Snow Valley Figure Skating Club
(Snow Valley Skating Club)
Kitimat resident Olive Seminuk got the first skaters on the ice in 1964. A year later, the Snow Valley Figure Skating Club was formed with Carol Likness as the Club’s first coach. Kitimat resident James E. Cox was one of the Club’s first executive and later became a judge for Test Days and the annual Interclub Competition. Annual membership for the season, September to March, cost $20. Skaters would purchase two pairs of skates as the skates would be sharpened differently – one pair for figures and one pair for free skate. Skaters would begin at age 2 or 3 and continue to 18 years within the Club.
Carnival / Ice Show
The Kinsman Club produced the first Carnival, later named the Ice Show, which occurred at the end of each skating season, first at Kitimat Ice Rink (KIR) and later at Tamitik Jubilee Sports Complex. The Kinsman Club made the first costumes for the Carnival, and then the parents of the skaters took over. A theme was chosen and a comedy routine often occurred. In the first year Joyce Cox was the hind end of the bull and Mr. Munson the local pharmacist was the matador.
Competition and Coaching
The Cox children Orin and Naida skated competitively, and Orin later became a Club coach. Club members would often become coaches after passing the national coaching instruction testing to qualify. Generation after generation of Kitimat families enrolled their children, contributing to the Club’s continuation.
Early team sweaters were made by a Terrace woman on her knitting machine. Skaters would sew their badges to their sweaters down the arms. The Club used the national testing system for badges. In competition, judges and dance partners were often flown in. Three levels of competition occurred annually – local, regional, and provincial. Provincials included BC Winter Games and the eight zones within BC. Klahowya Interclub was the regional competition as well as the CNCR (Cariboo North Central Region) Championships – a broader region of Whitehorse to Williams Lake and east to Fort St. John and Dawson Creek. In the early days of Provincials 30% of a skater’s mark was Figures as set by the CFSA (Canadian Figure Skating Association). Achieving Gold Feet included marks on Dance, Free Skate, and Figures. Kitimat figure skater Dennis Coi went to Nationals and in 1978 became Junior Men’s World Champion.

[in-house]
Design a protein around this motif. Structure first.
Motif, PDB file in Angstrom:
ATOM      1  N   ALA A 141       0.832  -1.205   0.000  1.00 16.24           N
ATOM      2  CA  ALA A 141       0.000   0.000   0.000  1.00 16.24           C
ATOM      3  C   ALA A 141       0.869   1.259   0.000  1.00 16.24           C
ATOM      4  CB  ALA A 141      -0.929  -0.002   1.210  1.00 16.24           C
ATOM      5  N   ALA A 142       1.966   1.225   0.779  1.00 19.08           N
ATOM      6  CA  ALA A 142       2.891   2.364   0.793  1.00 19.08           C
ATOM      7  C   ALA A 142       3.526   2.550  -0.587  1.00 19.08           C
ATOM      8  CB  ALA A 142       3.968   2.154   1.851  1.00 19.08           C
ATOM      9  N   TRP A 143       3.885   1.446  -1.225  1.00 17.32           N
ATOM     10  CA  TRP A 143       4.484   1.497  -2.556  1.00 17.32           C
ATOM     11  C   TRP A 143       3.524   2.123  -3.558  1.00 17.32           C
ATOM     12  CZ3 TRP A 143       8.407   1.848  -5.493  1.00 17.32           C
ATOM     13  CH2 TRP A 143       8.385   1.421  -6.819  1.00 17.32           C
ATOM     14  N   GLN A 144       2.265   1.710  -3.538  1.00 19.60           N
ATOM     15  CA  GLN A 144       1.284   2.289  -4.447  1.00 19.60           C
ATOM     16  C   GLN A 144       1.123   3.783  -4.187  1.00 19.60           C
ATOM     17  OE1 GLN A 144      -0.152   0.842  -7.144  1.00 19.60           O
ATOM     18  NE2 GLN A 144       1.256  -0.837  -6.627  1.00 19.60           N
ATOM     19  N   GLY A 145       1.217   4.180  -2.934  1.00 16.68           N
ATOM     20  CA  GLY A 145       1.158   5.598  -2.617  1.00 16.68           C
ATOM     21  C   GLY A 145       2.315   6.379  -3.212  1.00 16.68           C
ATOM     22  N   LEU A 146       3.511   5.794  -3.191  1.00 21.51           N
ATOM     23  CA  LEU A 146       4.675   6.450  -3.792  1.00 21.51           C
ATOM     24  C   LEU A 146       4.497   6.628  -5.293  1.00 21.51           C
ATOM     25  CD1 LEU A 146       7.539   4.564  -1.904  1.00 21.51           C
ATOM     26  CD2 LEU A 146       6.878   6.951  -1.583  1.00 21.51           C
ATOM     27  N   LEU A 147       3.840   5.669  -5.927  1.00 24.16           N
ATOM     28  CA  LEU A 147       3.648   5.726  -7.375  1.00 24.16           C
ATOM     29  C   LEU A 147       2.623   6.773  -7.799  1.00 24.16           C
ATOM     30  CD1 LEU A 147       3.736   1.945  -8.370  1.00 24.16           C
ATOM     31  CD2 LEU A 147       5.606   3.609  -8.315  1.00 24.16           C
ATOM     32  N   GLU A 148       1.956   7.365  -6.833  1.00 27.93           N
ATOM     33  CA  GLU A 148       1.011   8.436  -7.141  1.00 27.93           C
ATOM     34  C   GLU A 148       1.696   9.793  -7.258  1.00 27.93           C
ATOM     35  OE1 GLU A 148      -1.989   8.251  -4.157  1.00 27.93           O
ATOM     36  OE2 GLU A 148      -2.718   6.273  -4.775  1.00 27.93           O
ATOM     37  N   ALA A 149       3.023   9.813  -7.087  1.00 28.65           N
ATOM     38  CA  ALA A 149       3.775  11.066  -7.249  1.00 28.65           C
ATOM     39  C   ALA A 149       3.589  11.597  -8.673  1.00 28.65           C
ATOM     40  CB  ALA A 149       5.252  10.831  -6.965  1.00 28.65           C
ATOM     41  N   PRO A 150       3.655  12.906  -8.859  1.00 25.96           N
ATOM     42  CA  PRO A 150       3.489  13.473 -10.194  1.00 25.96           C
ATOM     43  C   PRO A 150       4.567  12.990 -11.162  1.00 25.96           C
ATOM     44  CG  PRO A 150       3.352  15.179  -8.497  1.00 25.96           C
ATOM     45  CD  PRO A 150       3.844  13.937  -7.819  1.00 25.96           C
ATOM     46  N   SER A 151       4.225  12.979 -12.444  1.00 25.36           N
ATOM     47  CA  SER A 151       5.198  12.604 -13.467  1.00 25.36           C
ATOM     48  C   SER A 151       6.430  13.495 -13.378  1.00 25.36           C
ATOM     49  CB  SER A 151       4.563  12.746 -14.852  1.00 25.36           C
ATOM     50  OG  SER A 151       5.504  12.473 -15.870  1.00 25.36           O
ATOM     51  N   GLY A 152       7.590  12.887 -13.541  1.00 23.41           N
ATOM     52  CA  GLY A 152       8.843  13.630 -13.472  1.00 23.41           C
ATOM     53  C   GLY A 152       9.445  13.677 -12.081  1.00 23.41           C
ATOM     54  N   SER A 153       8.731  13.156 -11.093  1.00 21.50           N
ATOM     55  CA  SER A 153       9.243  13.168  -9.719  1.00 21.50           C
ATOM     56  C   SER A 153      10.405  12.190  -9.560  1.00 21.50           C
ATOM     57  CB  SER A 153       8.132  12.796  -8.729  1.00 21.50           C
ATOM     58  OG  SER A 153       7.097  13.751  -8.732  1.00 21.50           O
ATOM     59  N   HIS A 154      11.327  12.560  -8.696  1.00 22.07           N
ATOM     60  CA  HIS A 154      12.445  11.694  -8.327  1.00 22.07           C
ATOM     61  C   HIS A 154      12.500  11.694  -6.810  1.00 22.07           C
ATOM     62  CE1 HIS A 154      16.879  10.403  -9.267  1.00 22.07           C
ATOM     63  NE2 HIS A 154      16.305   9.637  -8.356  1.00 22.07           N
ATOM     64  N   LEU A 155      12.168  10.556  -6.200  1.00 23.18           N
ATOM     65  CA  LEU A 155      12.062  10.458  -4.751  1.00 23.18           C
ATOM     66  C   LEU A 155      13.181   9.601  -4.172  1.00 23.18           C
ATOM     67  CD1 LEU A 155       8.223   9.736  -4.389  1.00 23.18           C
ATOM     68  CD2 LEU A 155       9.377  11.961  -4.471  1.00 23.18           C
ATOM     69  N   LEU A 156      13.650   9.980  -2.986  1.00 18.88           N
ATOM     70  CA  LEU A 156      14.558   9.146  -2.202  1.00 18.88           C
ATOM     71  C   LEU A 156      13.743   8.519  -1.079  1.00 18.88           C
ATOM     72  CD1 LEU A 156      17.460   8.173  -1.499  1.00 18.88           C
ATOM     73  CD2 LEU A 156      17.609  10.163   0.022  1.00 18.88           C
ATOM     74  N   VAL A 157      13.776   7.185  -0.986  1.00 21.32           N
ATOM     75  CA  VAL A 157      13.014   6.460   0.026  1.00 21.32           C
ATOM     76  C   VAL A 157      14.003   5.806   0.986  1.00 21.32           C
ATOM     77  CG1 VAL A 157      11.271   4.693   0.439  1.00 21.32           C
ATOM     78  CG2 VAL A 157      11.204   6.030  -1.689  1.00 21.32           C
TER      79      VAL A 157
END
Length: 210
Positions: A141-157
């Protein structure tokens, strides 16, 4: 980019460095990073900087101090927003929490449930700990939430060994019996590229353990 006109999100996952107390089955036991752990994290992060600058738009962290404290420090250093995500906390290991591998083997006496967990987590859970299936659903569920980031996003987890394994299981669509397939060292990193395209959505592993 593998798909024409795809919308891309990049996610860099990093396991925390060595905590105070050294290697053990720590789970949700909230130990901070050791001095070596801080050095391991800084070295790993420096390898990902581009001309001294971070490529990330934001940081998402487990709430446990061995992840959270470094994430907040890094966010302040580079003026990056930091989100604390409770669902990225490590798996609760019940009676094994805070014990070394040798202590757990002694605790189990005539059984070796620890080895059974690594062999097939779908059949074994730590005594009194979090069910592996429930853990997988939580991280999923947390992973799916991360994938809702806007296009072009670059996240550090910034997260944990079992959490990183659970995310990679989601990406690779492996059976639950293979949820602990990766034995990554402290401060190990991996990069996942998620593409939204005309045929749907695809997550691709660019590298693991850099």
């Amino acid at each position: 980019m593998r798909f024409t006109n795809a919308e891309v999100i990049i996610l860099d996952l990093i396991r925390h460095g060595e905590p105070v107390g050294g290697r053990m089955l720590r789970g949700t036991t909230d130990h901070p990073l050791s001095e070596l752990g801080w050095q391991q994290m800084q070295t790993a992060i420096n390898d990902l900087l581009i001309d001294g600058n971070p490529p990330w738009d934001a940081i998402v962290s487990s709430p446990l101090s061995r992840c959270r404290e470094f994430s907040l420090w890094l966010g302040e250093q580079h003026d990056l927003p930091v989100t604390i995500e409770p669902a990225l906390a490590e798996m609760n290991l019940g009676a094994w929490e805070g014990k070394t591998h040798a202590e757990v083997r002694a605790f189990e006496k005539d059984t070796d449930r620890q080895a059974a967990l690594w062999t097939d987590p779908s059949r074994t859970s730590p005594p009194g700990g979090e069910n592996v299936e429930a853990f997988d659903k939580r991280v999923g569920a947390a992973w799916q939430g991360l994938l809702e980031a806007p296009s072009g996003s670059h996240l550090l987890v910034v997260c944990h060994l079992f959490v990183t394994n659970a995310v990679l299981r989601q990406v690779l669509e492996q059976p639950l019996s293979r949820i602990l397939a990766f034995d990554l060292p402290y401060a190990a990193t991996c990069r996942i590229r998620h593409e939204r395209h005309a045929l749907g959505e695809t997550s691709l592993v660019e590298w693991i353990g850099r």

Snow Valley Figure Skating Club Success
The 1980s was a peak period for the Club with many competitive skaters. The executive was always large, having a member responsible for each area including the Ice Carnival and the Concession. Precision team skating was a very big part of the Club, teaching teamwork and pride. Overall members learned not only individual dedication, concentration and discipline but also the importance of supporting and cheering each other on.
Figure Skating – Changing Times
In efforts to involve more amateur skaters in recreational skating, the level of competition nationally was reduced. Figures were eventually eliminated from Gold Feet testing. Following suit provincially, the Club became known as the Snow Valley Skating Club (circa 1990), taking “Figure” out of its name. A broader delivery of skating programs were introduced by the CFSA and included the Can Skate and Power Skating programs, developed by the CFSA and delivered by Clubs across the country, including Kitimat.